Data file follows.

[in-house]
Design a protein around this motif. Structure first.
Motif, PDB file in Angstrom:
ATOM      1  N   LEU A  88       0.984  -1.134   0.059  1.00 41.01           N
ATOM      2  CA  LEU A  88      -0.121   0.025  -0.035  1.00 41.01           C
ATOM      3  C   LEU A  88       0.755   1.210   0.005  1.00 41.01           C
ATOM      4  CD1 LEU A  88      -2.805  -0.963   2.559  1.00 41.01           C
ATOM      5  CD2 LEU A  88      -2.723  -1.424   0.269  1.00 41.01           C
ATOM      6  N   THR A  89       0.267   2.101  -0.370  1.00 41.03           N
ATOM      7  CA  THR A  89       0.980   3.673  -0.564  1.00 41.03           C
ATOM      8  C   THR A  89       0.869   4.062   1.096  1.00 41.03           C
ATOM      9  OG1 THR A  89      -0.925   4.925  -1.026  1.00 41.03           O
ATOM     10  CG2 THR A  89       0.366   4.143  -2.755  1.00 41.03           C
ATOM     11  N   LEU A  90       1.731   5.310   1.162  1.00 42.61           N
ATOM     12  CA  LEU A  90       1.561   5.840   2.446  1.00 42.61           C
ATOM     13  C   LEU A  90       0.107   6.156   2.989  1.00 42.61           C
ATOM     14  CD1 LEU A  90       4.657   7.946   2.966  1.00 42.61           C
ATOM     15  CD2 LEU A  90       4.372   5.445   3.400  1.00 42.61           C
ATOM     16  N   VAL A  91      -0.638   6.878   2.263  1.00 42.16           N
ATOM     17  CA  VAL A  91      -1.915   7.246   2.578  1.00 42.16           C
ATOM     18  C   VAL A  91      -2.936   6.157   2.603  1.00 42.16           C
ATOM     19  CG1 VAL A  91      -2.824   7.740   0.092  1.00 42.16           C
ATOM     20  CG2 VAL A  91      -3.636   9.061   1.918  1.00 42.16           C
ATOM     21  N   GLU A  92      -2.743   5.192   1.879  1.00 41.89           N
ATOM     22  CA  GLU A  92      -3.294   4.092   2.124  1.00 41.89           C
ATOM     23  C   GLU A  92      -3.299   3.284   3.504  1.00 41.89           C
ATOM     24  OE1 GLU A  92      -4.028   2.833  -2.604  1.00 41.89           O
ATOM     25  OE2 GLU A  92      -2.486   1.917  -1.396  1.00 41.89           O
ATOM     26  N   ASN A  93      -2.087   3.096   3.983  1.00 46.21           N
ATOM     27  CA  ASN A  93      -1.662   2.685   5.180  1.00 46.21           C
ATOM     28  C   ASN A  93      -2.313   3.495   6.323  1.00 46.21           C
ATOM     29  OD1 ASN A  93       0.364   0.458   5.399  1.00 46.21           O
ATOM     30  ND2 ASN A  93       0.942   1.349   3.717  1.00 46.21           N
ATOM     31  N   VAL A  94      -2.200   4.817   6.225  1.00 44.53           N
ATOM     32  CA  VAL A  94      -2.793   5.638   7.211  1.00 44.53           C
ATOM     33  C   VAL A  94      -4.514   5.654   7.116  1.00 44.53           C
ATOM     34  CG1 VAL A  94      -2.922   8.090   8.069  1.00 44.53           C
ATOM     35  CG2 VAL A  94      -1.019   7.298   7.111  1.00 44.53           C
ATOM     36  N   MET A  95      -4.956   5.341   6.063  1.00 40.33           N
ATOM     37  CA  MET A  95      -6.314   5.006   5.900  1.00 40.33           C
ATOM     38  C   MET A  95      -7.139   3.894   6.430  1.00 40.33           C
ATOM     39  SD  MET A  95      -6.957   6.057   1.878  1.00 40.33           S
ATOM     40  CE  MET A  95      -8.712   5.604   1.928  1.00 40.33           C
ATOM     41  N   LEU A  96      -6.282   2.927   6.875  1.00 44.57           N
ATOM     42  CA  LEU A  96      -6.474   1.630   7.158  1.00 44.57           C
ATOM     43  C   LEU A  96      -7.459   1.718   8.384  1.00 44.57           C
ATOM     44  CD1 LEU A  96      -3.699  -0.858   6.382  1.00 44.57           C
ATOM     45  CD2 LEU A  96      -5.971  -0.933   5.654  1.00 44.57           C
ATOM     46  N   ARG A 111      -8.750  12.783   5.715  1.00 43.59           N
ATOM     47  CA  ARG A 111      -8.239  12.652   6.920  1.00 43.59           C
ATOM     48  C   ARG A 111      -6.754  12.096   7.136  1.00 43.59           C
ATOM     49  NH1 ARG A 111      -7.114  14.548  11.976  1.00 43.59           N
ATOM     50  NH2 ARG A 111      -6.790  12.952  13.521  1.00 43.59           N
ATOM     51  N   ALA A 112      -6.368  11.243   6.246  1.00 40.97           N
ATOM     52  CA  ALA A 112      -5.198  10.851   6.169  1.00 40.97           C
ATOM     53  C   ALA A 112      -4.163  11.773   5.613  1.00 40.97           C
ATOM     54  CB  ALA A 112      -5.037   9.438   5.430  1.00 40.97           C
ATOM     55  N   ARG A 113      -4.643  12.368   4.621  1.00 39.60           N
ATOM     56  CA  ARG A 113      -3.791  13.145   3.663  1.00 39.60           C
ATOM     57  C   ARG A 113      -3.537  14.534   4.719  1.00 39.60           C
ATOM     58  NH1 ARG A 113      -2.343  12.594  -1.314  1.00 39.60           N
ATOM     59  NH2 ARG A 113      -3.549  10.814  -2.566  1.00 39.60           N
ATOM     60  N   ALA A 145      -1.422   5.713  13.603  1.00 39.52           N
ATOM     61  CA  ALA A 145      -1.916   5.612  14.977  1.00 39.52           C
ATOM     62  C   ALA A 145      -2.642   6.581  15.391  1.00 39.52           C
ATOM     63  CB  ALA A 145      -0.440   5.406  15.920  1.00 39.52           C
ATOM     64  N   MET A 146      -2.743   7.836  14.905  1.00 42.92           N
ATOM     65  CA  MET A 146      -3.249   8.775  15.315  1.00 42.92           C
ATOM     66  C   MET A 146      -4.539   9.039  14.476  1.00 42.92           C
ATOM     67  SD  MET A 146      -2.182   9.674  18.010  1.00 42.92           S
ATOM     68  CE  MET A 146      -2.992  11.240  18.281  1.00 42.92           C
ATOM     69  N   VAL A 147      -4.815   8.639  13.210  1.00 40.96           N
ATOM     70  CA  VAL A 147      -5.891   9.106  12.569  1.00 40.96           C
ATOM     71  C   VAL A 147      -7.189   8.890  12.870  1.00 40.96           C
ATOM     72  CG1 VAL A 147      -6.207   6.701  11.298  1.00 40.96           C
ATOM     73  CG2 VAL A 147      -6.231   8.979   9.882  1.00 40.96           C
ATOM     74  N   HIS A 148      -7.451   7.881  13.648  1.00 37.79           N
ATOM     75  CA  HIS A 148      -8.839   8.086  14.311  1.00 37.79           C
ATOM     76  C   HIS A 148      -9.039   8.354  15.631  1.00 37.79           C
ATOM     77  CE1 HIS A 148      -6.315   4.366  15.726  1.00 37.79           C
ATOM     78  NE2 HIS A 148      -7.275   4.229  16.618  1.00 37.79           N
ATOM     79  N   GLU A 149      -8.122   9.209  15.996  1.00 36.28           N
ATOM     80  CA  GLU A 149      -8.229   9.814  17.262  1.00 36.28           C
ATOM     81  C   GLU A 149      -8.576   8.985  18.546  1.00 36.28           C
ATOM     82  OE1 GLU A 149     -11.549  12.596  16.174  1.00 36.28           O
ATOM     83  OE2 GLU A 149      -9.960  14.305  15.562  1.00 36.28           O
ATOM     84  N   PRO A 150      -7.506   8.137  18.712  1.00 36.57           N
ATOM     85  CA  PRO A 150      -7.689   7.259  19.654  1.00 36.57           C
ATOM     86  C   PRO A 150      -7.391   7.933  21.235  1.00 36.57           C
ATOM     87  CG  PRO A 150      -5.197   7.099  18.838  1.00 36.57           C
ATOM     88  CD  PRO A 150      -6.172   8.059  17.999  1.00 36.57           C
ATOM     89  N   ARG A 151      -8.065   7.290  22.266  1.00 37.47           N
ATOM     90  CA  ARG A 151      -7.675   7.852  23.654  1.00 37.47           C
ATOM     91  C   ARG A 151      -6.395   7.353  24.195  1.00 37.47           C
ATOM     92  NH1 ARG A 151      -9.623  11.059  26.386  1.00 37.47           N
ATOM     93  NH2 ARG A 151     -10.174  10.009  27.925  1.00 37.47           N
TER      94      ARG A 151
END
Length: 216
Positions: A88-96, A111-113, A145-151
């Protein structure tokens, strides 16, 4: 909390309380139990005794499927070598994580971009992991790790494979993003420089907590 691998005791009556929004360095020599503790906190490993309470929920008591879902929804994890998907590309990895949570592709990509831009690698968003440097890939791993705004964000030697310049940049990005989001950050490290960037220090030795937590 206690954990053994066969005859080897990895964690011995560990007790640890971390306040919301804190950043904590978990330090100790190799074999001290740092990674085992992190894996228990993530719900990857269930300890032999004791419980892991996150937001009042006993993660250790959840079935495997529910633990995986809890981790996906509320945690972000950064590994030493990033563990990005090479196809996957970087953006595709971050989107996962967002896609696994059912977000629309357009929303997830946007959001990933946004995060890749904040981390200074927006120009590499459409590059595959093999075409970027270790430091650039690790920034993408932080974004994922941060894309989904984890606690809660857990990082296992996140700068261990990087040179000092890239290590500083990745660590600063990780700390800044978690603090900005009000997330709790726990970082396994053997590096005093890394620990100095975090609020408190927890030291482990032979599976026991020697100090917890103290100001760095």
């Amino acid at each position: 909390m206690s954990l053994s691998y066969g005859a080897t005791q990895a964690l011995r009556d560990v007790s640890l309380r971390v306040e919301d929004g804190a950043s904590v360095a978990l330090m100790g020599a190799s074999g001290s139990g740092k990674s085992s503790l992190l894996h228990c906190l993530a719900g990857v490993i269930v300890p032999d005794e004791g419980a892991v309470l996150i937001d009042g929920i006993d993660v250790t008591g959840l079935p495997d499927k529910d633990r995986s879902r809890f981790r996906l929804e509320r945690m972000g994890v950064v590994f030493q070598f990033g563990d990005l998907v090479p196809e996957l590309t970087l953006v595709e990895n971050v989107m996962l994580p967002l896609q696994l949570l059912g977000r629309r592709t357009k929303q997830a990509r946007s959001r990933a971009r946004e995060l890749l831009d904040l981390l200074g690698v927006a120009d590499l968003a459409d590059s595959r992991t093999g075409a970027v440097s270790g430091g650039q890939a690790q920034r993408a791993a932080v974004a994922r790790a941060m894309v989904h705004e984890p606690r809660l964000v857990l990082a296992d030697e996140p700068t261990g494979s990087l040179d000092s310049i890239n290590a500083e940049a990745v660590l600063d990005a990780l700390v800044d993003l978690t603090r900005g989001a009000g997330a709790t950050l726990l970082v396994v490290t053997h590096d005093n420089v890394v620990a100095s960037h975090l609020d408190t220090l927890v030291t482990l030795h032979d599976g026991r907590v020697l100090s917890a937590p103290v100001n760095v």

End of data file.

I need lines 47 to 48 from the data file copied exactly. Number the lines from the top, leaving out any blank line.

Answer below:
ATOM     44  CD1 LEU A  96      -3.699  -0.858   6.382  1.00 44.57           C
ATOM     45  CD2 LEU A  96      -5.971  -0.933   5.654  1.00 44.57           C